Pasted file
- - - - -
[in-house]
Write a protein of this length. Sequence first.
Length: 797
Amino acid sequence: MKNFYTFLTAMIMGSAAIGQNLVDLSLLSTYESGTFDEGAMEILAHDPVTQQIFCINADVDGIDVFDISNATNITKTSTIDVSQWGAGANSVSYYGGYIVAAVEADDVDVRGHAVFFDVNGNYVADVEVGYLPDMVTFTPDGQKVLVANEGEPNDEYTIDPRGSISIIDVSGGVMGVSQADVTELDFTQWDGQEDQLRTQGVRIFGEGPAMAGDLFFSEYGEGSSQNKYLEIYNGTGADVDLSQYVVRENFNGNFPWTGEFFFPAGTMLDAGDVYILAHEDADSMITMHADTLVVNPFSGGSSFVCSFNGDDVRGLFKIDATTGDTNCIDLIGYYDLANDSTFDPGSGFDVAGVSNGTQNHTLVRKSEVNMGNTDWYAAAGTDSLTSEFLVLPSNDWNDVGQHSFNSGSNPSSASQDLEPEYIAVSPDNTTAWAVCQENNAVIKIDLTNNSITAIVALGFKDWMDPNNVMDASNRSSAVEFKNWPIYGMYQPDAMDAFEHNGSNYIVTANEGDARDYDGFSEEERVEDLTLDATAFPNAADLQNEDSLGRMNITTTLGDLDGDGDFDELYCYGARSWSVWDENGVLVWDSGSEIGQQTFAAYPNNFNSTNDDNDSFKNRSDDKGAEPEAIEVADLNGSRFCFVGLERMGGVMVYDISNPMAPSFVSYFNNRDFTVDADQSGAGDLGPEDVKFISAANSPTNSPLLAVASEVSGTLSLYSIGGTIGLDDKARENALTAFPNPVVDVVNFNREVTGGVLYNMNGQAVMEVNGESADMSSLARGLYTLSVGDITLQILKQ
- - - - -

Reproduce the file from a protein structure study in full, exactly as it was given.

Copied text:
[in-house]
Write a protein of this length. Sequence first.
Length: 797
Amino acid sequence: MKNFYTFLTAMIMGSAAIGQNLVDLSLLSTYESGTFDEGAMEILAHDPVTQQIFCINADVDGIDVFDISNATNITKTSTIDVSQWGAGANSVSYYGGYIVAAVEADDVDVRGHAVFFDVNGNYVADVEVGYLPDMVTFTPDGQKVLVANEGEPNDEYTIDPRGSISIIDVSGGVMGVSQADVTELDFTQWDGQEDQLRTQGVRIFGEGPAMAGDLFFSEYGEGSSQNKYLEIYNGTGADVDLSQYVVRENFNGNFPWTGEFFFPAGTMLDAGDVYILAHEDADSMITMHADTLVVNPFSGGSSFVCSFNGDDVRGLFKIDATTGDTNCIDLIGYYDLANDSTFDPGSGFDVAGVSNGTQNHTLVRKSEVNMGNTDWYAAAGTDSLTSEFLVLPSNDWNDVGQHSFNSGSNPSSASQDLEPEYIAVSPDNTTAWAVCQENNAVIKIDLTNNSITAIVALGFKDWMDPNNVMDASNRSSAVEFKNWPIYGMYQPDAMDAFEHNGSNYIVTANEGDARDYDGFSEEERVEDLTLDATAFPNAADLQNEDSLGRMNITTTLGDLDGDGDFDELYCYGARSWSVWDENGVLVWDSGSEIGQQTFAAYPNNFNSTNDDNDSFKNRSDDKGAEPEAIEVADLNGSRFCFVGLERMGGVMVYDISNPMAPSFVSYFNNRDFTVDADQSGAGDLGPEDVKFISAANSPTNSPLLAVASEVSGTLSLYSIGGTIGLDDKARENALTAFPNPVVDVVNFNREVTGGVLYNMNGQAVMEVNGESADMSSLARGLYTLSVGDITLQILKQ